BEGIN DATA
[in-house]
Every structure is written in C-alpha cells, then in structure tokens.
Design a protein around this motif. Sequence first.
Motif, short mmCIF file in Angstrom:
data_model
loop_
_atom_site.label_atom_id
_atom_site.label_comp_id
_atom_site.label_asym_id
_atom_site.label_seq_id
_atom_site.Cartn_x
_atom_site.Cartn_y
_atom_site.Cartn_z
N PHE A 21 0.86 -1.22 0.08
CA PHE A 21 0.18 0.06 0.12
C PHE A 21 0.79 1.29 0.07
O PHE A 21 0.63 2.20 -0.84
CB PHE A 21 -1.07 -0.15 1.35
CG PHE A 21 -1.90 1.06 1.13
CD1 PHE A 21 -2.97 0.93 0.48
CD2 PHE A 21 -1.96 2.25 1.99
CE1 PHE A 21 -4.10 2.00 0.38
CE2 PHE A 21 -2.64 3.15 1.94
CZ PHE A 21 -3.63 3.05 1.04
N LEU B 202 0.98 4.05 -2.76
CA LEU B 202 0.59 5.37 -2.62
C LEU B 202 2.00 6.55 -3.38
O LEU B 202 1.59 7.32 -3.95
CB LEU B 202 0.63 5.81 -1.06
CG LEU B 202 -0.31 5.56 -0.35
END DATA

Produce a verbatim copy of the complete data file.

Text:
[in-house]
Every structure is written in C-alpha cells, then in structure tokens.
Design a protein around this motif. Sequence first.
Motif, short mmCIF file in Angstrom:
data_model
loop_
_atom_site.label_atom_id
_atom_site.label_comp_id
_atom_site.label_asym_id
_atom_site.label_seq_id
_atom_site.Cartn_x
_atom_site.Cartn_y
_atom_site.Cartn_z
N PHE A 21 0.86 -1.22 0.08
CA PHE A 21 0.18 0.06 0.12
C PHE A 21 0.79 1.29 0.07
O PHE A 21 0.63 2.20 -0.84
CB PHE A 21 -1.07 -0.15 1.35
CG PHE A 21 -1.90 1.06 1.13
CD1 PHE A 21 -2.97 0.93 0.48
CD2 PHE A 21 -1.96 2.25 1.99
CE1 PHE A 21 -4.10 2.00 0.38
CE2 PHE A 21 -2.64 3.15 1.94
CZ PHE A 21 -3.63 3.05 1.04
N LEU B 202 0.98 4.05 -2.76
CA LEU B 202 0.59 5.37 -2.62
C LEU B 202 2.00 6.55 -3.38
O LEU B 202 1.59 7.32 -3.95
CB LEU B 202 0.63 5.81 -1.06
CG LEU B 202 -0.31 5.56 -0.35